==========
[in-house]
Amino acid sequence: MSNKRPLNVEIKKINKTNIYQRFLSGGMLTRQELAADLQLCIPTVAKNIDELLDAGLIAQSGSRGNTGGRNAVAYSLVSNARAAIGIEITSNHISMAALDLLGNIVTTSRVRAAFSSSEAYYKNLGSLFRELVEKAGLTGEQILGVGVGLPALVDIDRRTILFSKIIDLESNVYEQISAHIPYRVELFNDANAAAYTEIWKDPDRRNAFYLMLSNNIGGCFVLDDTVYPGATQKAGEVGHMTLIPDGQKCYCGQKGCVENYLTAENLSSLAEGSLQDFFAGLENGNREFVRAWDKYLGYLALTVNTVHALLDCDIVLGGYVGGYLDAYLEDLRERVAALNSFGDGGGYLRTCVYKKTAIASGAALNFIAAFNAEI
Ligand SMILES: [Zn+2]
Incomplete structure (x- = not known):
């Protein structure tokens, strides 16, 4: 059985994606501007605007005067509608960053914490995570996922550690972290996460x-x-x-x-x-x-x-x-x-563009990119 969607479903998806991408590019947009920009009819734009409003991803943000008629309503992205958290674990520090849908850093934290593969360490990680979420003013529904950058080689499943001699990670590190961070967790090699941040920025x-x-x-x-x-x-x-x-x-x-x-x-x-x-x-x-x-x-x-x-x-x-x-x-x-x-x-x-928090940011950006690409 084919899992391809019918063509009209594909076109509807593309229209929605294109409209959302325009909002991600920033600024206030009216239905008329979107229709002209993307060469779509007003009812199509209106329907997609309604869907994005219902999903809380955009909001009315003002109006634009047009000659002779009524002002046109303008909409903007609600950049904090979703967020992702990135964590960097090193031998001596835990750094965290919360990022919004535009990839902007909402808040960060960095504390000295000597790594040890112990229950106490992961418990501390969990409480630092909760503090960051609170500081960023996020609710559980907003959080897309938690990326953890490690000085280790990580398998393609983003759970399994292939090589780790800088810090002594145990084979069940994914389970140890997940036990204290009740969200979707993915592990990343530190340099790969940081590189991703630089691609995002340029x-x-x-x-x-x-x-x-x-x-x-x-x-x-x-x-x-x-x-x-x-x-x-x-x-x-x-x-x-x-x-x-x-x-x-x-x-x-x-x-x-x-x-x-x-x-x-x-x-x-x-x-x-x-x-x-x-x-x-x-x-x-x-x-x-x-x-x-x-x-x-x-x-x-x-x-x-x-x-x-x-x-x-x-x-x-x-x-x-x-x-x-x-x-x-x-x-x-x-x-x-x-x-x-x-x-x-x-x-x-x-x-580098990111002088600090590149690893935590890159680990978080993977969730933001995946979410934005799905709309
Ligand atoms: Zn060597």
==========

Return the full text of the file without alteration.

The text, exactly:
[in-house]
Amino acid sequence: MSNKRPLNVEIKKINKTNIYQRFLSGGMLTRQELAADLQLCIPTVAKNIDELLDAGLIAQSGSRGNTGGRNAVAYSLVSNARAAIGIEITSNHISMAALDLLGNIVTTSRVRAAFSSSEAYYKNLGSLFRELVEKAGLTGEQILGVGVGLPALVDIDRRTILFSKIIDLESNVYEQISAHIPYRVELFNDANAAAYTEIWKDPDRRNAFYLMLSNNIGGCFVLDDTVYPGATQKAGEVGHMTLIPDGQKCYCGQKGCVENYLTAENLSSLAEGSLQDFFAGLENGNREFVRAWDKYLGYLALTVNTVHALLDCDIVLGGYVGGYLDAYLEDLRERVAALNSFGDGGGYLRTCVYKKTAIASGAALNFIAAFNAEI
Ligand SMILES: [Zn+2]
Incomplete structure (x- = not known):
């Protein structure tokens, strides 16, 4: 059985994606501007605007005067509608960053914490995570996922550690972290996460x-x-x-x-x-x-x-x-x-563009990119 969607479903998806991408590019947009920009009819734009409003991803943000008629309503992205958290674990520090849908850093934290593969360490990680979420003013529904950058080689499943001699990670590190961070967790090699941040920025x-x-x-x-x-x-x-x-x-x-x-x-x-x-x-x-x-x-x-x-x-x-x-x-x-x-x-x-928090940011950006690409 084919899992391809019918063509009209594909076109509807593309229209929605294109409209959302325009909002991600920033600024206030009216239905008329979107229709002209993307060469779509007003009812199509209106329907997609309604869907994005219902999903809380955009909001009315003002109006634009047009000659002779009524002002046109303008909409903007609600950049904090979703967020992702990135964590960097090193031998001596835990750094965290919360990022919004535009990839902007909402808040960060960095504390000295000597790594040890112990229950106490992961418990501390969990409480630092909760503090960051609170500081960023996020609710559980907003959080897309938690990326953890490690000085280790990580398998393609983003759970399994292939090589780790800088810090002594145990084979069940994914389970140890997940036990204290009740969200979707993915592990990343530190340099790969940081590189991703630089691609995002340029x-x-x-x-x-x-x-x-x-x-x-x-x-x-x-x-x-x-x-x-x-x-x-x-x-x-x-x-x-x-x-x-x-x-x-x-x-x-x-x-x-x-x-x-x-x-x-x-x-x-x-x-x-x-x-x-x-x-x-x-x-x-x-x-x-x-x-x-x-x-x-x-x-x-x-x-x-x-x-x-x-x-x-x-x-x-x-x-x-x-x-x-x-x-x-x-x-x-x-x-x-x-x-x-x-x-x-x-x-x-x-x-580098990111002088600090590149690893935590890159680990978080993977969730933001995946979410934005799905709309
Ligand atoms: Zn060597």